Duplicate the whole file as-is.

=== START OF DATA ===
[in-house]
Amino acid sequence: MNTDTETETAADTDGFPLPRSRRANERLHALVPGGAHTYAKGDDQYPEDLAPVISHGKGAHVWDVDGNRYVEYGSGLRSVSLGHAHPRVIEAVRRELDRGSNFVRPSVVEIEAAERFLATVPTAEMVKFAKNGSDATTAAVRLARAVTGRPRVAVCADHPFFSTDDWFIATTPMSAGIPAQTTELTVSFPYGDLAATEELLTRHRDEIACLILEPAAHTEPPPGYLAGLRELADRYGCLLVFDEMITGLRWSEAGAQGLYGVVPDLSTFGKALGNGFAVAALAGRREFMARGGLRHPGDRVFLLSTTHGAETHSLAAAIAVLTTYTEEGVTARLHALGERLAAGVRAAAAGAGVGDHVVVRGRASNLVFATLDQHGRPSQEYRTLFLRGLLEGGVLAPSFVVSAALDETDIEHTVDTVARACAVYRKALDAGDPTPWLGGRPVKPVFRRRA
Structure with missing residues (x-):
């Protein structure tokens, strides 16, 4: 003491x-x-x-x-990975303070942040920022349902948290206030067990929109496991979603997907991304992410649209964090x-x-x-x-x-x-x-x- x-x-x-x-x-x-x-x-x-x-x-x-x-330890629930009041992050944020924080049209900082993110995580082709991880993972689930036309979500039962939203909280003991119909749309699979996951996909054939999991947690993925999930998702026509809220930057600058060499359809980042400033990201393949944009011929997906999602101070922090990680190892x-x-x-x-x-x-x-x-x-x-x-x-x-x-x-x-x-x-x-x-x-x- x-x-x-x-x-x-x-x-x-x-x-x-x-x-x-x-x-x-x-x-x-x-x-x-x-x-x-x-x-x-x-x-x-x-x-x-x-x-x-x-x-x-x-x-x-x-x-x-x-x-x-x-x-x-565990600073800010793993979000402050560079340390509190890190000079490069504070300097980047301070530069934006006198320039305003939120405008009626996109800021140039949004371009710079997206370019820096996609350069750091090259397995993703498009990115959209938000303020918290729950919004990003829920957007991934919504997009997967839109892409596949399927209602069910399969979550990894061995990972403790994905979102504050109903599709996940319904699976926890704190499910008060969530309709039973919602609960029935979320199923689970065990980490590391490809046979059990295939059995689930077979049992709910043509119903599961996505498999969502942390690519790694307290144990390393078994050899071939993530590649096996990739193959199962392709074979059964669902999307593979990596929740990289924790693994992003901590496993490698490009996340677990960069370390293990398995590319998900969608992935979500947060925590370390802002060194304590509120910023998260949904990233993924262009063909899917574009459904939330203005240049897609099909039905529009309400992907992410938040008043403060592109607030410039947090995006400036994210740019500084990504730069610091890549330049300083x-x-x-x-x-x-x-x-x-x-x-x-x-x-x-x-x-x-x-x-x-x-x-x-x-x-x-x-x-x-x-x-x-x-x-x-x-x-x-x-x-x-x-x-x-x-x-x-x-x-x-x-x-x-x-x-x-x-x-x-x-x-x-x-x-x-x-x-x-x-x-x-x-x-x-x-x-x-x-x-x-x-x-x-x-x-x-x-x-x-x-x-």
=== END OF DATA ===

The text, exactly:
[in-house]
Amino acid sequence: MNTDTETETAADTDGFPLPRSRRANERLHALVPGGAHTYAKGDDQYPEDLAPVISHGKGAHVWDVDGNRYVEYGSGLRSVSLGHAHPRVIEAVRRELDRGSNFVRPSVVEIEAAERFLATVPTAEMVKFAKNGSDATTAAVRLARAVTGRPRVAVCADHPFFSTDDWFIATTPMSAGIPAQTTELTVSFPYGDLAATEELLTRHRDEIACLILEPAAHTEPPPGYLAGLRELADRYGCLLVFDEMITGLRWSEAGAQGLYGVVPDLSTFGKALGNGFAVAALAGRREFMARGGLRHPGDRVFLLSTTHGAETHSLAAAIAVLTTYTEEGVTARLHALGERLAAGVRAAAAGAGVGDHVVVRGRASNLVFATLDQHGRPSQEYRTLFLRGLLEGGVLAPSFVVSAALDETDIEHTVDTVARACAVYRKALDAGDPTPWLGGRPVKPVFRRRA
Structure with missing residues (x-):
């Protein structure tokens, strides 16, 4: 003491x-x-x-x-990975303070942040920022349902948290206030067990929109496991979603997907991304992410649209964090x-x-x-x-x-x-x-x- x-x-x-x-x-x-x-x-x-x-x-x-x-330890629930009041992050944020924080049209900082993110995580082709991880993972689930036309979500039962939203909280003991119909749309699979996951996909054939999991947690993925999930998702026509809220930057600058060499359809980042400033990201393949944009011929997906999602101070922090990680190892x-x-x-x-x-x-x-x-x-x-x-x-x-x-x-x-x-x-x-x-x-x- x-x-x-x-x-x-x-x-x-x-x-x-x-x-x-x-x-x-x-x-x-x-x-x-x-x-x-x-x-x-x-x-x-x-x-x-x-x-x-x-x-x-x-x-x-x-x-x-x-x-x-x-x-x-565990600073800010793993979000402050560079340390509190890190000079490069504070300097980047301070530069934006006198320039305003939120405008009626996109800021140039949004371009710079997206370019820096996609350069750091090259397995993703498009990115959209938000303020918290729950919004990003829920957007991934919504997009997967839109892409596949399927209602069910399969979550990894061995990972403790994905979102504050109903599709996940319904699976926890704190499910008060969530309709039973919602609960029935979320199923689970065990980490590391490809046979059990295939059995689930077979049992709910043509119903599961996505498999969502942390690519790694307290144990390393078994050899071939993530590649096996990739193959199962392709074979059964669902999307593979990596929740990289924790693994992003901590496993490698490009996340677990960069370390293990398995590319998900969608992935979500947060925590370390802002060194304590509120910023998260949904990233993924262009063909899917574009459904939330203005240049897609099909039905529009309400992907992410938040008043403060592109607030410039947090995006400036994210740019500084990504730069610091890549330049300083x-x-x-x-x-x-x-x-x-x-x-x-x-x-x-x-x-x-x-x-x-x-x-x-x-x-x-x-x-x-x-x-x-x-x-x-x-x-x-x-x-x-x-x-x-x-x-x-x-x-x-x-x-x-x-x-x-x-x-x-x-x-x-x-x-x-x-x-x-x-x-x-x-x-x-x-x-x-x-x-x-x-x-x-x-x-x-x-x-x-x-x-």